I continued to uncover the male, box by box, taking photographs after each one. Tesco toaster, in hot pink, Hobbs coffee maker in beige, Britta water filter, Ikea washing basket, times two. 

All of these boxes and baskets can provide forensic opportunities, I handle them with great care. My brain is chucking thoughts and scenarios at a thousand miles per hour whilst I'm working.

Once all the boxes have been removed, the male lays there, covered in black bin liners. His sock covered feet are poking out of the Tesco carrier bag.

For the first time, I felt uncomfortable at a murder scene. I didn't want to touch the male, I didn't want to unwrap the bin liners. When I got to his head, which had been subject to incredible blunt force trauma, I didn't want to look at his face. 

I guess there's a little bit of me that feel responsible for not finding him sooner. If it's any consolation, he was definitely dead before we even got the call about him being missing. The pathologist confirmed this. At least it meant finding him sooner wouldn't have saved his life, which makes me feel better in a strange kind of way. 

I text my girlfriend and said 'I just found a body' Not the text she was expecting when she slid the notification to the right on her iPhone.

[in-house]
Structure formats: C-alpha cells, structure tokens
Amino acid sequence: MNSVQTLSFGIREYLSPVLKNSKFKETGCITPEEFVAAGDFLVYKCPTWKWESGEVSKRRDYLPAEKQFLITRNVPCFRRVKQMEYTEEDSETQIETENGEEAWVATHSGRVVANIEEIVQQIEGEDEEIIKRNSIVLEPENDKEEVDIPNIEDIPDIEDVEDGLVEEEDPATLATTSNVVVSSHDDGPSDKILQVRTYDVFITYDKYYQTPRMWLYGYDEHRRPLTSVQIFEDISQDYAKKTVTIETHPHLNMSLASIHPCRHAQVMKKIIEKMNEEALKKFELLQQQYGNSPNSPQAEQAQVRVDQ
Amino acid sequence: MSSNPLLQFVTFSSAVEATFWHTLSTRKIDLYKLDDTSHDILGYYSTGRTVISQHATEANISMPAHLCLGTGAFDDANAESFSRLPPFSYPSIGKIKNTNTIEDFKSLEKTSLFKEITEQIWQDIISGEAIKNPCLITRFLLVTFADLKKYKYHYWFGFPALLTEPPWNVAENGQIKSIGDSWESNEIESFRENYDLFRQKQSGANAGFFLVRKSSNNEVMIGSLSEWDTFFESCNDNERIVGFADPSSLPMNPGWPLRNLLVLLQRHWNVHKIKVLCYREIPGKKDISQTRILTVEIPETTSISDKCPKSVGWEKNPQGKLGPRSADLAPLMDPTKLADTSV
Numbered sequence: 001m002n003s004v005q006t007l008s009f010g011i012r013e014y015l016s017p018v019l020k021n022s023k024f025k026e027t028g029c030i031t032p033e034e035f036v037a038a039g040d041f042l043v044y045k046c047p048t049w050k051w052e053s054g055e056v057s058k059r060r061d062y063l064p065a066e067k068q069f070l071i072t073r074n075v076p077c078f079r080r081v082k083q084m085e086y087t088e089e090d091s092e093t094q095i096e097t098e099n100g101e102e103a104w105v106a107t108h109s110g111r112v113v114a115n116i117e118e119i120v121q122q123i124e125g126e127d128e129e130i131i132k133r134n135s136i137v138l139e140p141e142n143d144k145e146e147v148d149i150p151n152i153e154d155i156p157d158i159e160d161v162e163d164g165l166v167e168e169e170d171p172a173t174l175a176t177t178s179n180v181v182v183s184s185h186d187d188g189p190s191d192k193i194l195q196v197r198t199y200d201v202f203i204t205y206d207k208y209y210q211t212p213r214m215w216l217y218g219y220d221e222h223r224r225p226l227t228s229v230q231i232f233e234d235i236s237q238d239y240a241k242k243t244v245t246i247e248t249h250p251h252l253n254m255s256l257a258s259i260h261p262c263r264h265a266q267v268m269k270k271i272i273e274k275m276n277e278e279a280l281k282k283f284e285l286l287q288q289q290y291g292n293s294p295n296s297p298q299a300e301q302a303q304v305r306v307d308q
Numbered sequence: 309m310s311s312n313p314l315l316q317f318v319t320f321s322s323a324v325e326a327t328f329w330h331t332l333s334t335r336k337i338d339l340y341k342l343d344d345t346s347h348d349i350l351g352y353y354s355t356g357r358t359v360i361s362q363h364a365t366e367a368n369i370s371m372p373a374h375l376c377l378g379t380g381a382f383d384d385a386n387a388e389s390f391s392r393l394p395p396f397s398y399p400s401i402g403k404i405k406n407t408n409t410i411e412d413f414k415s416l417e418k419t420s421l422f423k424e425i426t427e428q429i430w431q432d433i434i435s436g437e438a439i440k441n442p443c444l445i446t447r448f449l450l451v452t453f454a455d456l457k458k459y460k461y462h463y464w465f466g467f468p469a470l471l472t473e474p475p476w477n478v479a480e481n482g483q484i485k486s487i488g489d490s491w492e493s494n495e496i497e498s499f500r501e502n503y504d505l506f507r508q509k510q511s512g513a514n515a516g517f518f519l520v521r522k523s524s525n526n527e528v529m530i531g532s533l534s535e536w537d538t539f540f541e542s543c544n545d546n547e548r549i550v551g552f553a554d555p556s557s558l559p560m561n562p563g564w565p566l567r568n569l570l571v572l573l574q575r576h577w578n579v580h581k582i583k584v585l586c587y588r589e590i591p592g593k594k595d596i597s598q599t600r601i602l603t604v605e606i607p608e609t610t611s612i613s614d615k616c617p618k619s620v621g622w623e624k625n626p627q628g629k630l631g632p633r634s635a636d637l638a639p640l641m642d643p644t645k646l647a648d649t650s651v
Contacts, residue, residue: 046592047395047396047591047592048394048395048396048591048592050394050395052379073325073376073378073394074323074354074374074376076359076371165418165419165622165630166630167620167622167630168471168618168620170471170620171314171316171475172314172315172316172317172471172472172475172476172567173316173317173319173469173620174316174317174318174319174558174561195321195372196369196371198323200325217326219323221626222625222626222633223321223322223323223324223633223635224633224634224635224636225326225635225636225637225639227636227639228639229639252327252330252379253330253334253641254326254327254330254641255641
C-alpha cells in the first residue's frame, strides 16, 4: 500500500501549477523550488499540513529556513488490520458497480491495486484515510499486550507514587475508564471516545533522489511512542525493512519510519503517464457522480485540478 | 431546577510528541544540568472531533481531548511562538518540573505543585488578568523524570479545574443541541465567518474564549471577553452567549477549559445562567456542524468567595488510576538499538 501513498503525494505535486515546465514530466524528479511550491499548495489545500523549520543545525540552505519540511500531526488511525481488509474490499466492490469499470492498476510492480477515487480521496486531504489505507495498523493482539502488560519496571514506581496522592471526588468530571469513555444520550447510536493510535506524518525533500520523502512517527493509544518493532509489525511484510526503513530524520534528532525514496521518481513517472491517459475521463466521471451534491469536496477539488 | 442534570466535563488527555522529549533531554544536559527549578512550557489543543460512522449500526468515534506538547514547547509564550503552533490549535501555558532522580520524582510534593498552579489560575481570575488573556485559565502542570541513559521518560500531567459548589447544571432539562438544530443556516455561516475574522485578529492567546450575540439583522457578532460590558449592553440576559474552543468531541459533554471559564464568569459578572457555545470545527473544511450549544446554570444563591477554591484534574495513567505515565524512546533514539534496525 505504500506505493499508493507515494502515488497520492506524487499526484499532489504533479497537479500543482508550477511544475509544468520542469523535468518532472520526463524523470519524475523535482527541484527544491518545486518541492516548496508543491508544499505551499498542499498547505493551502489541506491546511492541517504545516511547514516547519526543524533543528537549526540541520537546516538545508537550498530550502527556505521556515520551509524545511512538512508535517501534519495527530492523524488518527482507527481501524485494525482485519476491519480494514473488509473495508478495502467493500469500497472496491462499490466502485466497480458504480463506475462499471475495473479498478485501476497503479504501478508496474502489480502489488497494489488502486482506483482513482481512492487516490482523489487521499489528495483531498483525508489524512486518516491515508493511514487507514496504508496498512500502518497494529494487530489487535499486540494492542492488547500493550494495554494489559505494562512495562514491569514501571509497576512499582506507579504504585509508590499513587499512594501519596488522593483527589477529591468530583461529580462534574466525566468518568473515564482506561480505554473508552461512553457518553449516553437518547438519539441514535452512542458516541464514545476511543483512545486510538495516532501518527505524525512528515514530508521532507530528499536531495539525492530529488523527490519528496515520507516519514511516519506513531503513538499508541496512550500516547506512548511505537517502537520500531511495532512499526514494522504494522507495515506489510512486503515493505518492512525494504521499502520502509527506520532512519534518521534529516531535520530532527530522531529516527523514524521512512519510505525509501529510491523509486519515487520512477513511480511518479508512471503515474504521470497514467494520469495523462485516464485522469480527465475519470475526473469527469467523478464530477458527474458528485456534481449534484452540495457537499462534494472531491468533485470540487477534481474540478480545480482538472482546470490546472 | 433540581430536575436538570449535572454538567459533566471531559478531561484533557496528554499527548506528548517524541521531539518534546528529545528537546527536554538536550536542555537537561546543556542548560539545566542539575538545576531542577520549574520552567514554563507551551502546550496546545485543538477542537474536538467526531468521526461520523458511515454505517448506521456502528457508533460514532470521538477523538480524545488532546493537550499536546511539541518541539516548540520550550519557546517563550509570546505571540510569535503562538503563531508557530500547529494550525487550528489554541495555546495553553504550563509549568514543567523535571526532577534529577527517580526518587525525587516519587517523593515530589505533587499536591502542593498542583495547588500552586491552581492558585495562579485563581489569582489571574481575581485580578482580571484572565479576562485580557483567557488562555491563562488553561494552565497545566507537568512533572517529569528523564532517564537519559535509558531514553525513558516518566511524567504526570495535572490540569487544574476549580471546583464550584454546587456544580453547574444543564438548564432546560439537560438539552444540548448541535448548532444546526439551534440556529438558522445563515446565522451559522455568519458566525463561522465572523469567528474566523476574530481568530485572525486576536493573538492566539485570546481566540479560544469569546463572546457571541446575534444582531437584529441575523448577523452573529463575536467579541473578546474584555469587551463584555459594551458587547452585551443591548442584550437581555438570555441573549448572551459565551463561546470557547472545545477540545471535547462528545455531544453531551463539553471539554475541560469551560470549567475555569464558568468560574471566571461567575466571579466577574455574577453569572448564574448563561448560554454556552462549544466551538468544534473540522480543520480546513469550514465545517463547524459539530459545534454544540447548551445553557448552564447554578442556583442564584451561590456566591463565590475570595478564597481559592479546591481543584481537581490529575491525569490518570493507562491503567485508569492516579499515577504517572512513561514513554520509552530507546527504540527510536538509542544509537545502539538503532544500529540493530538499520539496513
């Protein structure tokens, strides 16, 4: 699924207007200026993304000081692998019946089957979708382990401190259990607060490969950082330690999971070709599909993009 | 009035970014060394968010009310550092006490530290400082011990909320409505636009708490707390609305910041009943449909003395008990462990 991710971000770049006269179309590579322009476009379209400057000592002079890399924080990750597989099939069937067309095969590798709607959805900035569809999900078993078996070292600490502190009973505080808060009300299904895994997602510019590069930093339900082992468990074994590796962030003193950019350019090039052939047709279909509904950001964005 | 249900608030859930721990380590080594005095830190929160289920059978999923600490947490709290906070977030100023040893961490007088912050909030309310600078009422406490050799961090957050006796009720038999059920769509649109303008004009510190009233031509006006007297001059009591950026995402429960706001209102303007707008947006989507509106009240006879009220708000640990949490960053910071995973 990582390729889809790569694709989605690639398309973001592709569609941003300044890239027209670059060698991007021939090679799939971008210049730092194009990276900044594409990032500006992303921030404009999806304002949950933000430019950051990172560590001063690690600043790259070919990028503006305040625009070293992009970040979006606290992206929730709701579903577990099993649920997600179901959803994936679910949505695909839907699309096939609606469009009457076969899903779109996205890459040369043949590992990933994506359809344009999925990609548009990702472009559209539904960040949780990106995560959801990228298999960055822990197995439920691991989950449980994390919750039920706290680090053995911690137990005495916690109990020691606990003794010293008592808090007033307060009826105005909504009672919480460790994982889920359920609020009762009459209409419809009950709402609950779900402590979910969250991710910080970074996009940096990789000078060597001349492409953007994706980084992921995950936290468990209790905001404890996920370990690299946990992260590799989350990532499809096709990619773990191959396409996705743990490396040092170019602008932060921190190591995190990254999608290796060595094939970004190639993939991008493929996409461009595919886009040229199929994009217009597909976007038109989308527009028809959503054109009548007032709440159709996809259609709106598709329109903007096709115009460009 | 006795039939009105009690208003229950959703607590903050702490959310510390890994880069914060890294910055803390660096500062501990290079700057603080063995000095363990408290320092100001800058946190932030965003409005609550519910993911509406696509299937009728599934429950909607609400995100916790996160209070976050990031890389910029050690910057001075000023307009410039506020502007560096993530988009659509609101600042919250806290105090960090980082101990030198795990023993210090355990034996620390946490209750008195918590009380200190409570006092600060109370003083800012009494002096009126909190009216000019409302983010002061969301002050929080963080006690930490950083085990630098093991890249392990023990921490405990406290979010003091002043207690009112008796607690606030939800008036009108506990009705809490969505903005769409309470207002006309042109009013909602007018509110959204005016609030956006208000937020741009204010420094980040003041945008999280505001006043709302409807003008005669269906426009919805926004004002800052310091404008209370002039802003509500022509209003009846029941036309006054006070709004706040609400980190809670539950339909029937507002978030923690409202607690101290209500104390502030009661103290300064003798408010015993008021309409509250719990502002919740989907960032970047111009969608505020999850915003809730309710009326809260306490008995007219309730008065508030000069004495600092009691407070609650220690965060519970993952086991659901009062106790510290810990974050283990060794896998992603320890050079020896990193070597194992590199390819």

Normally, at this sort of job, we get on with the tasks required, like fibre taping exposed skin, swabbing areas for DNA transfer, removing jewellery and clothing. When we do this, we talk to each other, about normal things, like what films we've watched, what we're doing on our rest days and the ridiculous things the boss said to us last week.

This one is different. 

We both worked in silence, only saying the odd word or two, which related to what we were doing at that moment. 

Talk to any Officer or CSI and they'll tell you about that one job that sticks with them. That one job they'd rather not talk about. That one job their family has no idea they dealt with. 

I remember all of the murder scenes I've been to, but I'll definitely not forget this one.